Though previously published (in English only) by a small press as Everyone Knows Gato Pinto (1992) and also available in...

THE COYOTE UNDER THE TABLE / EL COYOTE DEBAJO DE LA MESA

Eight tales of tricksters and magical transformations are given a Southwestern setting by a veteran storyteller and paired to Spanish versions on facing pages.

Despite occasional common folkloric elements, the stories are not just regional variations on “Cinderella” and other well-worn chestnuts. In “If I Were an Eagle / Si Yo Fuera Águila,” for instance, an orphan lad with the ability to turn himself into various animals rescues a kidnapped princess from a giant but marries the shepherd’s daughter who saves him from a bear. A village comedian subsequently answers three supposedly impossible questions to save a beloved priest in “What Am I Thinking? / ¿Qué Estoy Pensando?” and in “Caught on a Nail / Enganchado en un Clavo,” a clever young woman fools three persistent suitors into terrifying one another. Other tales feature a magical ring that sows dismay by doubling and redoubling the wearer’s strength, a spotted cat who leads a young third brother to riches and (in the title story) a coyote and an old dog who put aside their traditional enmity to become allies. Each tale opens with a realistically detailed black-and-white scene to set the comic or dramatic mood.

Though previously published (in English only) by a small press as Everyone Knows Gato Pinto (1992) and also available in audio versions, these wise and witty tales continue to repay fresh encounters. (source notes) (Folktales. 10-12)

Pub Date: Dec. 1, 2011

ISBN: 978-1-935955-21-4

Page Count: 136

Publisher: Cinco Puntos Press

Review Posted Online: Nov. 2, 2011

Kirkus Reviews Issue: Nov. 15, 2011

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THE ARABIAN NIGHTS

In a large, handsome format, Tarnowska offers six tales plus an abbreviated version of the frame story, retold in formal but contemporary language and sandwiched between a note on the Nights’ place in her childhood in Lebanon and a page of glossary and source notes. Rather than preserve the traditional embedded structure and cliffhanger cutoffs, she keeps each story discrete and tones down the sex and violence. This structure begs the question of why Shahriyar lets Shahrazade [sic] live if she tells each evening’s tale complete, but it serves to simplify the reading for those who want just one tale at a time. Only the opener, “Aladdin and the Wonderful Lamp,” is likely to be familiar to young readers; in others a prince learns to control a flying “Ebony Horse” by “twiddling” its ears, contending djinn argue whether “Prince Kamar el Zaman [or] Princess Boudour” is the more beautiful (the prince wins) and in a Cinderella tale a “Diamond Anklet” subs for the glass slipper. Hénaff’s stylized scenes of domed cityscapes and turbaned figures add properly whimsical visual notes to this short but animated gathering. (Folktales. 10-12)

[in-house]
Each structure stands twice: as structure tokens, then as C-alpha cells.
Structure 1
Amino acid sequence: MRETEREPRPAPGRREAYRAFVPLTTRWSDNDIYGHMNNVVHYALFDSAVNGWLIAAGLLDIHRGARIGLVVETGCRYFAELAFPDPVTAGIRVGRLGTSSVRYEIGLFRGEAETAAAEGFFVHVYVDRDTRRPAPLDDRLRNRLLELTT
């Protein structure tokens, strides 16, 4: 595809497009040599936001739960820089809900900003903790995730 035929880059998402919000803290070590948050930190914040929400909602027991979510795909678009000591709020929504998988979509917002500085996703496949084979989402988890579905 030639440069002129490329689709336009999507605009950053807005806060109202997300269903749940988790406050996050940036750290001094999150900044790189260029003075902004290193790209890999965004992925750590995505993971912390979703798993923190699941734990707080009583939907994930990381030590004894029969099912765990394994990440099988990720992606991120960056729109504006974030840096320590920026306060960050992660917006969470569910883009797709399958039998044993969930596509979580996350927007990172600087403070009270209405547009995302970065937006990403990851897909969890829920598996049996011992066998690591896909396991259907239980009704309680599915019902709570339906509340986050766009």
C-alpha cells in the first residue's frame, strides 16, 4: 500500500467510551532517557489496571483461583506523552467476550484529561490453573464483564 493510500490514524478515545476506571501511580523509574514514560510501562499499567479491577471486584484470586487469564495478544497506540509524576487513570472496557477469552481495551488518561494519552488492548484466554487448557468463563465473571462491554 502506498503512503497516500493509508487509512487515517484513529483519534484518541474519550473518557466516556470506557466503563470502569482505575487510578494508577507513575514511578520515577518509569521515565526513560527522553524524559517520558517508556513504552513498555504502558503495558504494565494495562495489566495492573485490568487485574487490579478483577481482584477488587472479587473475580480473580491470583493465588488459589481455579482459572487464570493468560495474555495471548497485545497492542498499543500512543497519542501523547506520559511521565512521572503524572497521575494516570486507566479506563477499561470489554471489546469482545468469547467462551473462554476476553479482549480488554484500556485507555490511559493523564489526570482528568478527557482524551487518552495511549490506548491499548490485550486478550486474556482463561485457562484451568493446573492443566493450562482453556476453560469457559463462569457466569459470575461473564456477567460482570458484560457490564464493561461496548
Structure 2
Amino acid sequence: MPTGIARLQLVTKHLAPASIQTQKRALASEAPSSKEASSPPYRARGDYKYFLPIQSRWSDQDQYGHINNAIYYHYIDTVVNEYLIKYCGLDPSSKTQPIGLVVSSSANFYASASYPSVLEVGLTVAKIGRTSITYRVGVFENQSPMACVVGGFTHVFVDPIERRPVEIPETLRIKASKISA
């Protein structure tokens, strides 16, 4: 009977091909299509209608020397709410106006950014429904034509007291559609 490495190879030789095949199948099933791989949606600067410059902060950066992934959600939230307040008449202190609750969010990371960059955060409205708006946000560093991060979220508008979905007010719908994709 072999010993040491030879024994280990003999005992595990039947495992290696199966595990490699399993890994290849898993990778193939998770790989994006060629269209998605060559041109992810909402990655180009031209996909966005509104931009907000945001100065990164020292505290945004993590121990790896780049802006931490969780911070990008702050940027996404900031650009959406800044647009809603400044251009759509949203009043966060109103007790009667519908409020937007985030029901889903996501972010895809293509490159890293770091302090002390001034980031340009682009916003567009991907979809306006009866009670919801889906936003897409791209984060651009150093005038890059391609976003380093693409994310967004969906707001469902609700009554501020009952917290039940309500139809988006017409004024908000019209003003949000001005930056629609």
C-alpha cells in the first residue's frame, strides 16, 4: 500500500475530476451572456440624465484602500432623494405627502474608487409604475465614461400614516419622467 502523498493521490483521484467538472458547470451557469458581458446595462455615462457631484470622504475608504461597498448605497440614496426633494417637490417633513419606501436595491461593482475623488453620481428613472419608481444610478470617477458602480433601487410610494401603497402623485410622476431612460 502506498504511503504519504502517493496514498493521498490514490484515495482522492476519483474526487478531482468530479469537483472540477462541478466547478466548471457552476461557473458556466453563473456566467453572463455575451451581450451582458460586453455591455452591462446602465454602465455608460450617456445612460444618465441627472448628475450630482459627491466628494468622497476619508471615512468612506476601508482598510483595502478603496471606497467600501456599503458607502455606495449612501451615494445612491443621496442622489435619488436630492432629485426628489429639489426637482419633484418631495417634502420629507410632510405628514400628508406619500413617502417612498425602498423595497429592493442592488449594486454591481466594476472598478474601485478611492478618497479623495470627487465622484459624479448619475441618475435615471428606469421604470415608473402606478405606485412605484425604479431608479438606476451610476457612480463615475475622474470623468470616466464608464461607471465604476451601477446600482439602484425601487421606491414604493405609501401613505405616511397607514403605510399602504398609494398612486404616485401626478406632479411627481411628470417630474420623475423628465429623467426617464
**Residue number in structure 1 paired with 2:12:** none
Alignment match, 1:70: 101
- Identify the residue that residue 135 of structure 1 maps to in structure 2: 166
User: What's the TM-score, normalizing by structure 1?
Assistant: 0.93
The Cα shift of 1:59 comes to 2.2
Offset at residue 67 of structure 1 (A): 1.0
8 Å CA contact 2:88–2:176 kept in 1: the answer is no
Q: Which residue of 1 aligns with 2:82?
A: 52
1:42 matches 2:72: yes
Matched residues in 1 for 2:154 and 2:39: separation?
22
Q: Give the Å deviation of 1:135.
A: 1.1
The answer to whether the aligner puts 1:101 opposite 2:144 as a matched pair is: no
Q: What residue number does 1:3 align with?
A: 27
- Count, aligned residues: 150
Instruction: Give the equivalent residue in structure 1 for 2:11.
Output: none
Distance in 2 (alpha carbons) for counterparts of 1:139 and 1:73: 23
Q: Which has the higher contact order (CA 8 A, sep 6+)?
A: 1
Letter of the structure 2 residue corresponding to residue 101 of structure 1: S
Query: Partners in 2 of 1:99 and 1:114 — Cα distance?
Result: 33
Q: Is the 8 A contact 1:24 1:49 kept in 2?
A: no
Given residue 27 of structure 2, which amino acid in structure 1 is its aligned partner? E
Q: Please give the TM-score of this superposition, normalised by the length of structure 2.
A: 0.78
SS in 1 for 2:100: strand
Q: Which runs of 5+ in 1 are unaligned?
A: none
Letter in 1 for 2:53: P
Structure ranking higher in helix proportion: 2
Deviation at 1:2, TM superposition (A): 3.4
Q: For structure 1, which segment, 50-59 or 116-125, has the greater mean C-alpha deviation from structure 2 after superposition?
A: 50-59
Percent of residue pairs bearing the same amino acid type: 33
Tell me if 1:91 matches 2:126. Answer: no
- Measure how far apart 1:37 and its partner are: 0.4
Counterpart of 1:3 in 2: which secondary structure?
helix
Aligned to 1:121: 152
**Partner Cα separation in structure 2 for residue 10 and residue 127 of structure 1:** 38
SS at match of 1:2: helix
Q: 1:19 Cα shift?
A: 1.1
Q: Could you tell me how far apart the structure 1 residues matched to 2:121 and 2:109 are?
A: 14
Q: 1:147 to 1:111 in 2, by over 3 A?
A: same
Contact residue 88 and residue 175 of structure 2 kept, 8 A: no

Pub Date: Dec. 1, 2010

ISBN: 978-1-84686-122-2

Page Count: 128

Publisher: Barefoot Books

Review Posted Online: Dec. 22, 2010

Kirkus Reviews Issue: Nov. 15, 2010

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WHAT IT'S LIKE TO CLIMB MOUNT EVEREST, BLAST OFF INTO SPACE, SURVIVE A TORNADO, AND OTHER EXTRAORDINARY STORIES

A prolific reporter of paranormal phenomena strains to bring that same sense of wonder to 12 “transposed”—that is, paraphrased from interviews but related in first person—accounts of extraordinary experiences. Some feats are more memorable than others; compared to Bethany Hamilton’s return to competitive surfing after having her arm bitten off by a shark and Mark Inglis’ climb to the top of Mount Everest on two prosthetic legs, Joe Hurley’s nine-month walk from Cape Cod to Long Beach, Calif., is anticlimactic. Dean Karnazes hardly seems to be exerting himself as he runs 50 marathons on 50 consecutive days, and the comments of an Air Force Thunderbirds pilot and a military Surgeon’s Assistant in Iraq come off as carefully bland. The survivors of a hurricane at sea, a lightning strike and a tornado, on the other hand, tell more compelling stories. Most of the color photos are at least marginally relevant, and each entry closes with a short note on its subject’s subsequent activities. Casual browsers will be drawn to at least some of the reconstructed narratives in this uneven collection. A reading list would have been more useful than the superfluous index, though. Fun, in a scattershot sort of way. (Nonfiction browsing item. 10-12)

Pub Date: March 1, 2011

ISBN: 978-1-4027-6711-1

Page Count: 136

Publisher: Sterling

Review Posted Online: Jan. 26, 2011

Kirkus Reviews Issue: Feb. 1, 2011

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